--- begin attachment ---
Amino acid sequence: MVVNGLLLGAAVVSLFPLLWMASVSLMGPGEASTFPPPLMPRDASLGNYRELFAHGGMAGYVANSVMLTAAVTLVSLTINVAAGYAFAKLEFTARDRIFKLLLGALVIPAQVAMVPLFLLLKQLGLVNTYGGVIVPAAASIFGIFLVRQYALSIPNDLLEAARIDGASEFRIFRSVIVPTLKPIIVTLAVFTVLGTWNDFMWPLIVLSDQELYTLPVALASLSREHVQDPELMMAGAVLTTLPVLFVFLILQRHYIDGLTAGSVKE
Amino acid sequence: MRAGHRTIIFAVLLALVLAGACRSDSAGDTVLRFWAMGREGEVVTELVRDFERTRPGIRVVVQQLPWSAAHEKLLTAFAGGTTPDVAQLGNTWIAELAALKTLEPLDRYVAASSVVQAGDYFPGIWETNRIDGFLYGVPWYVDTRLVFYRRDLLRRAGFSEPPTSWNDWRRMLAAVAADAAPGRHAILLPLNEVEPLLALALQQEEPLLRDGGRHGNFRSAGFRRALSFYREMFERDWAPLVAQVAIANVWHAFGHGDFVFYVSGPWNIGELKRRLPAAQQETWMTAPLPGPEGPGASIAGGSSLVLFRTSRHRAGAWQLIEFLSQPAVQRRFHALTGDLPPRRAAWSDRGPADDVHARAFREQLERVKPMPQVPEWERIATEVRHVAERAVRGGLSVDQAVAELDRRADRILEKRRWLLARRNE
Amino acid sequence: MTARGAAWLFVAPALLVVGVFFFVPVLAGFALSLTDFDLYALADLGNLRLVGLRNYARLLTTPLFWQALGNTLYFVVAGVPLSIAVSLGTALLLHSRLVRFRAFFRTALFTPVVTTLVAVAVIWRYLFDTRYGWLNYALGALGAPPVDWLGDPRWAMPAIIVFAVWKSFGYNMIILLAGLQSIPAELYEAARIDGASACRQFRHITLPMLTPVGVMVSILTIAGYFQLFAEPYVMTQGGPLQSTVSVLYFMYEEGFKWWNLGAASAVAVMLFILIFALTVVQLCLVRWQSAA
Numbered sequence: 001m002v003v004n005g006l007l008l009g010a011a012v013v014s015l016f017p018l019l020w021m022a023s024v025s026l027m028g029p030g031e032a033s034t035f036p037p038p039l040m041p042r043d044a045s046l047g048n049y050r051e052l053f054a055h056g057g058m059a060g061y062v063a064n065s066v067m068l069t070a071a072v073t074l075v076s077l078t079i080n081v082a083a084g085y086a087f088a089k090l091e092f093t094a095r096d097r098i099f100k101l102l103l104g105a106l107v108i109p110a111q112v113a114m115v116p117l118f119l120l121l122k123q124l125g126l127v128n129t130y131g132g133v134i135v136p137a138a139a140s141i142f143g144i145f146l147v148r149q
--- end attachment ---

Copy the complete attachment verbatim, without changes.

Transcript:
Amino acid sequence: MVVNGLLLGAAVVSLFPLLWMASVSLMGPGEASTFPPPLMPRDASLGNYRELFAHGGMAGYVANSVMLTAAVTLVSLTINVAAGYAFAKLEFTARDRIFKLLLGALVIPAQVAMVPLFLLLKQLGLVNTYGGVIVPAAASIFGIFLVRQYALSIPNDLLEAARIDGASEFRIFRSVIVPTLKPIIVTLAVFTVLGTWNDFMWPLIVLSDQELYTLPVALASLSREHVQDPELMMAGAVLTTLPVLFVFLILQRHYIDGLTAGSVKE
Amino acid sequence: MRAGHRTIIFAVLLALVLAGACRSDSAGDTVLRFWAMGREGEVVTELVRDFERTRPGIRVVVQQLPWSAAHEKLLTAFAGGTTPDVAQLGNTWIAELAALKTLEPLDRYVAASSVVQAGDYFPGIWETNRIDGFLYGVPWYVDTRLVFYRRDLLRRAGFSEPPTSWNDWRRMLAAVAADAAPGRHAILLPLNEVEPLLALALQQEEPLLRDGGRHGNFRSAGFRRALSFYREMFERDWAPLVAQVAIANVWHAFGHGDFVFYVSGPWNIGELKRRLPAAQQETWMTAPLPGPEGPGASIAGGSSLVLFRTSRHRAGAWQLIEFLSQPAVQRRFHALTGDLPPRRAAWSDRGPADDVHARAFREQLERVKPMPQVPEWERIATEVRHVAERAVRGGLSVDQAVAELDRRADRILEKRRWLLARRNE
Amino acid sequence: MTARGAAWLFVAPALLVVGVFFFVPVLAGFALSLTDFDLYALADLGNLRLVGLRNYARLLTTPLFWQALGNTLYFVVAGVPLSIAVSLGTALLLHSRLVRFRAFFRTALFTPVVTTLVAVAVIWRYLFDTRYGWLNYALGALGAPPVDWLGDPRWAMPAIIVFAVWKSFGYNMIILLAGLQSIPAELYEAARIDGASACRQFRHITLPMLTPVGVMVSILTIAGYFQLFAEPYVMTQGGPLQSTVSVLYFMYEEGFKWWNLGAASAVAVMLFILIFALTVVQLCLVRWQSAA
Numbered sequence: 001m002v003v004n005g006l007l008l009g010a011a012v013v014s015l016f017p018l019l020w021m022a023s024v025s026l027m028g029p030g031e032a033s034t035f036p037p038p039l040m041p042r043d044a045s046l047g048n049y050r051e052l053f054a055h056g057g058m059a060g061y062v063a064n065s066v067m068l069t070a071a072v073t074l075v076s077l078t079i080n081v082a083a084g085y086a087f088a089k090l091e092f093t094a095r096d097r098i099f100k101l102l103l104g105a106l107v108i109p110a111q112v113a114m115v116p117l118f119l120l121l122k123q124l125g126l127v128n129t130y131g132g133v134i135v136p137a138a139a140s141i142f143g144i145f146l147v148r149q